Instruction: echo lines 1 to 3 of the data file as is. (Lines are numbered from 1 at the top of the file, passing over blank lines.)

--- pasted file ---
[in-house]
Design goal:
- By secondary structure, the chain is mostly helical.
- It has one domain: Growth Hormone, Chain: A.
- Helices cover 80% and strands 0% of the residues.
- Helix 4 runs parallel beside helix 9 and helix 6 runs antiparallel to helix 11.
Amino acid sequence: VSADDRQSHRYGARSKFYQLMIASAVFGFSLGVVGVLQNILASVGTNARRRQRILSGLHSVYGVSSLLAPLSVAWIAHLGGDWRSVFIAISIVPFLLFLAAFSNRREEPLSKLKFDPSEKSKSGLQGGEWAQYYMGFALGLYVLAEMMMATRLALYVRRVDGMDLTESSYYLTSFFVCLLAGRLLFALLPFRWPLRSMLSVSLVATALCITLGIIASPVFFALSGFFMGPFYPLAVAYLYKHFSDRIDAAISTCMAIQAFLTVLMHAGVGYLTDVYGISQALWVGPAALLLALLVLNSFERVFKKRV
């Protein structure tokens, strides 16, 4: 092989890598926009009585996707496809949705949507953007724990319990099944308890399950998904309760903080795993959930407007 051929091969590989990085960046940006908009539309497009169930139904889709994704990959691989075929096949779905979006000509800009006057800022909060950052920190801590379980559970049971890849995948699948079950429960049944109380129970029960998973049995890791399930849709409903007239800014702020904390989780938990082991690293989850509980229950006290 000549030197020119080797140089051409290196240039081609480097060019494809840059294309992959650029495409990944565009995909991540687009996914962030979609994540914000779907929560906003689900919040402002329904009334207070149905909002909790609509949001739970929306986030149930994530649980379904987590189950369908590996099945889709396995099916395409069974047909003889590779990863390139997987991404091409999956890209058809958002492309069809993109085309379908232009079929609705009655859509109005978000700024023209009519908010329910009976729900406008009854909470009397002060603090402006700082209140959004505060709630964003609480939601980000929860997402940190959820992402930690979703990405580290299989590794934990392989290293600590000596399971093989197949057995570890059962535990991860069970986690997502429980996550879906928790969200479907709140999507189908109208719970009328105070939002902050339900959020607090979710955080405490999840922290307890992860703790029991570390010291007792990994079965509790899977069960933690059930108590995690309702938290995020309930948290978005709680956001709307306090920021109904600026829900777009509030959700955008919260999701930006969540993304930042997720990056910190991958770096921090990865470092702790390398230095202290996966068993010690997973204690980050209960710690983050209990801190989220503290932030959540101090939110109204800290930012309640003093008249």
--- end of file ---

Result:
[in-house]
Design goal:
- By secondary structure, the chain is mostly helical.